The only difference between these two situation is that everyone has to use energy to survive, while wireless access is not a necessity of survival, no matter that your teenager might think otherwise. The atmosphere is a vital national “commons” just like electromagnetic spectrum is, and so it falls under the purview of the government to regulate it. But unless you’re a hard-core libertarian, regulations themselves are not equivalent to taxes. A cost of doing business that adds to the price of things, certainly, but that’s not fundamentally a tax.

If we look at Samuelson’s suggestion from the “energy price increases are a tax” side, what he’s really suggesting is that any time the price of something that is vital for survival increases, that’s a tax. So when energy price increases drive up the price of fertilizer and thus the price of food, that’s an increase in the tax on food. The rising cost of electricity from your local regulated utility because China’s demand for U.S. coal is driving up local coal prices also qualifies as a tax. And the increasing price of gasoline qualifies too. But if the price of food goes up because of drought, floods, or other supply disruptions, isn’t that a tax too? I mean, the price rose, didn’t it? And if the price of electricity rises because local growth has pushed demand enough to require your utility to build a new power plant, that’s a tax too, right? The price per kilowatt-hour went up, after all…. And when the price of gasoline goes up in the winter due to heating oil demand and up in the summer due to the summer vacation driving season, those are tax increases as well, right?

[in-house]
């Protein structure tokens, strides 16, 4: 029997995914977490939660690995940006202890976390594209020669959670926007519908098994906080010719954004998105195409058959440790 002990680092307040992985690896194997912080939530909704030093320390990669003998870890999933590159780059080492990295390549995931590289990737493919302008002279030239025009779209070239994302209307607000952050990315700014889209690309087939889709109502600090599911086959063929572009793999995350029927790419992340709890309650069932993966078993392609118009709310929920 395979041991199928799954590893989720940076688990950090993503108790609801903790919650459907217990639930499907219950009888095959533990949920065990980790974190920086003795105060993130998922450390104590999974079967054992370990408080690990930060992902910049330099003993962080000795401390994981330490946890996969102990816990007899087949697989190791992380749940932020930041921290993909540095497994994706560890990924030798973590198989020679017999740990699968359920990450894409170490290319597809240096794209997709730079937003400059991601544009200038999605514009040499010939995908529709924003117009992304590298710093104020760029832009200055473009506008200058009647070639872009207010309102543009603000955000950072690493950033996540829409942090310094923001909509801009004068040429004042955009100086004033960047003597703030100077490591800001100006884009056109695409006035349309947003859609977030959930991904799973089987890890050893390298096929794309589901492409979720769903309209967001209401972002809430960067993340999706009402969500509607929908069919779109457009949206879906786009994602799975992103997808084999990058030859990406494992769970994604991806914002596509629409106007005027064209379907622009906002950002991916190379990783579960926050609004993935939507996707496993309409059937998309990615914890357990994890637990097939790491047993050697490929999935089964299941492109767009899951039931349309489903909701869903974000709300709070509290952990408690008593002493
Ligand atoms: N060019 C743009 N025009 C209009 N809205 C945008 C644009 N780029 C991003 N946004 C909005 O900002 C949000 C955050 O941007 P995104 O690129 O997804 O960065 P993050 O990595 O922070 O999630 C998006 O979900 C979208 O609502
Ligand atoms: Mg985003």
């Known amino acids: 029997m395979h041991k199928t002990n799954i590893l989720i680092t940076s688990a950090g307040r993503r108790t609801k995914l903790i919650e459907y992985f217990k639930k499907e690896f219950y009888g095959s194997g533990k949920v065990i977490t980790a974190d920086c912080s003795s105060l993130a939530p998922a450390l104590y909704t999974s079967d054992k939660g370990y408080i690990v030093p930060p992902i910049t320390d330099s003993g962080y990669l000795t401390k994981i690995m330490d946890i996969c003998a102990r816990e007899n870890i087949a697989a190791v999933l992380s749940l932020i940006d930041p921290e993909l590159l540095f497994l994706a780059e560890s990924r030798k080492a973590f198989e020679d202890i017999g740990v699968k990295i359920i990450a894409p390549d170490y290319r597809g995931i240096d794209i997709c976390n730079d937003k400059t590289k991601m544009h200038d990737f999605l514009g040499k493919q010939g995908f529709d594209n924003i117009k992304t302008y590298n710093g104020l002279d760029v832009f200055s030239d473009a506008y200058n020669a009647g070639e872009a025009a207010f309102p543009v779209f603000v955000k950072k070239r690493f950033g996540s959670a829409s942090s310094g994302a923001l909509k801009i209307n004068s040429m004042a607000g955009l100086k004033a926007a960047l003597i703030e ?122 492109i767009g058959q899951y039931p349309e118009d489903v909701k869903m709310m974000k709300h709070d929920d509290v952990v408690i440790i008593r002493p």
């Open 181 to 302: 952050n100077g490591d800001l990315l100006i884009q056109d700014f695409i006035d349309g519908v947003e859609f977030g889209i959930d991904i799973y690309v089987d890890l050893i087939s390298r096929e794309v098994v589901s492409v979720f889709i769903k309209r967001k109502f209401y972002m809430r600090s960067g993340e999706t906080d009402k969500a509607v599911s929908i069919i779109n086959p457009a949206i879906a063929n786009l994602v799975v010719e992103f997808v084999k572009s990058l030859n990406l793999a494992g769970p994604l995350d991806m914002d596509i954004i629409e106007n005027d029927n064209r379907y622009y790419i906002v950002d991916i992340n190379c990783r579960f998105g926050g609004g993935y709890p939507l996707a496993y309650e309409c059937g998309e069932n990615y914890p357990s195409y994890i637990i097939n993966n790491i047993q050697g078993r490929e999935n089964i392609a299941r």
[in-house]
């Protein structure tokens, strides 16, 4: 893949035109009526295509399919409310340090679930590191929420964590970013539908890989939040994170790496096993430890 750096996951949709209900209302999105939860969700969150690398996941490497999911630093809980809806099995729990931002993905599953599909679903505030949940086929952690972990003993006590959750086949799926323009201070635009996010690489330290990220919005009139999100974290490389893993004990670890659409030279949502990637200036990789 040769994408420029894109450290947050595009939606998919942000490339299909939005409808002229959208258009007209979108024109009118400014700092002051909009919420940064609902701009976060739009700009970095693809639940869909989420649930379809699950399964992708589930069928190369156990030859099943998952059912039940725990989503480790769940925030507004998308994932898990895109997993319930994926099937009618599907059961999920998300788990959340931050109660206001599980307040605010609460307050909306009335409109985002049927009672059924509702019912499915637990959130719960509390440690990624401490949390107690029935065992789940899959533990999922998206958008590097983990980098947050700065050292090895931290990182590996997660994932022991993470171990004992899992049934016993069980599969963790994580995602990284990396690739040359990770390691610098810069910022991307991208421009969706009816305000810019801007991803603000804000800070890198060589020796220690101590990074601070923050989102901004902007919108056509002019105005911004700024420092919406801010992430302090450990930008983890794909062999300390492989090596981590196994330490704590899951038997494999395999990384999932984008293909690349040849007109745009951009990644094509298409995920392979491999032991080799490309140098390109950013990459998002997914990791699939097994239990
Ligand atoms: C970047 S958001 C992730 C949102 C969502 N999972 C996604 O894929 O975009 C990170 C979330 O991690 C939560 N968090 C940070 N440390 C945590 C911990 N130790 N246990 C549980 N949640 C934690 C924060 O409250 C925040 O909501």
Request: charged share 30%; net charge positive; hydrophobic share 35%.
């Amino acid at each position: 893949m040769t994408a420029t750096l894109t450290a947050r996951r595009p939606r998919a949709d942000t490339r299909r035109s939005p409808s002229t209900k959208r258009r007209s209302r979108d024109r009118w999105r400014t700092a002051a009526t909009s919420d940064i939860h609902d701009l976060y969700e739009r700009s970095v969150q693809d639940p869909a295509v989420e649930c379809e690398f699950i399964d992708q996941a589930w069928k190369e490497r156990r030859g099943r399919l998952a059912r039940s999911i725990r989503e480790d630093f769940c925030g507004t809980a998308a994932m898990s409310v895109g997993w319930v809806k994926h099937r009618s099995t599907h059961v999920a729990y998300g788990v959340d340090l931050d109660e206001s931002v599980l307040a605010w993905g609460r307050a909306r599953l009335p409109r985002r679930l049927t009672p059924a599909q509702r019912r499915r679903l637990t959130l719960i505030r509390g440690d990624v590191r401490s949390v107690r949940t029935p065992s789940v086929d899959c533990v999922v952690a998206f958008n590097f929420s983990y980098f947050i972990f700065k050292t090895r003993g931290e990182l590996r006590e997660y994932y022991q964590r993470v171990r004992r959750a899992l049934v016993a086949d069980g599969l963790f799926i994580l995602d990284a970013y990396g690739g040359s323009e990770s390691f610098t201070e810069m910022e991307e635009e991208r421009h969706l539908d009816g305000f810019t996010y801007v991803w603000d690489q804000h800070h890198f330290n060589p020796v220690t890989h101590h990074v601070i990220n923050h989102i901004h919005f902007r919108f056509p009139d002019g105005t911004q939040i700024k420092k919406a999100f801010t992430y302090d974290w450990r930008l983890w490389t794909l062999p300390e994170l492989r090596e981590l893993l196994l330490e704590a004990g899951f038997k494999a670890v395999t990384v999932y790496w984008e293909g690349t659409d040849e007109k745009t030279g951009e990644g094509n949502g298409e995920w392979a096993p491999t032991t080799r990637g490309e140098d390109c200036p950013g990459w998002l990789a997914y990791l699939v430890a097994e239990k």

Great! That means I get a twice-yearly tax cut when the price of oil drops in the spring and autumn as a result of lower demand for heating oil and fewer people driving long distances. Whew, I was all worried there for a second that it was all tax increases, no tax cuts. And please, let me know which of my Representatives or Senators I should contact to demand that God lower the drought and flood taxes on food….

Taxes exist to make governments operating capital in order for them to provide the services that commercial ventures, industry, and individuals are incapable of providing themselves. Anything that doesn’t qualify as funds acquired for the operation of a government simply are not taxes, even if the government makes money off them (as in the aforementioned FCC auction). When the government finally gets around to regulating carbon emissions in some fashion, the resulting increases in energy prices will not be taxes.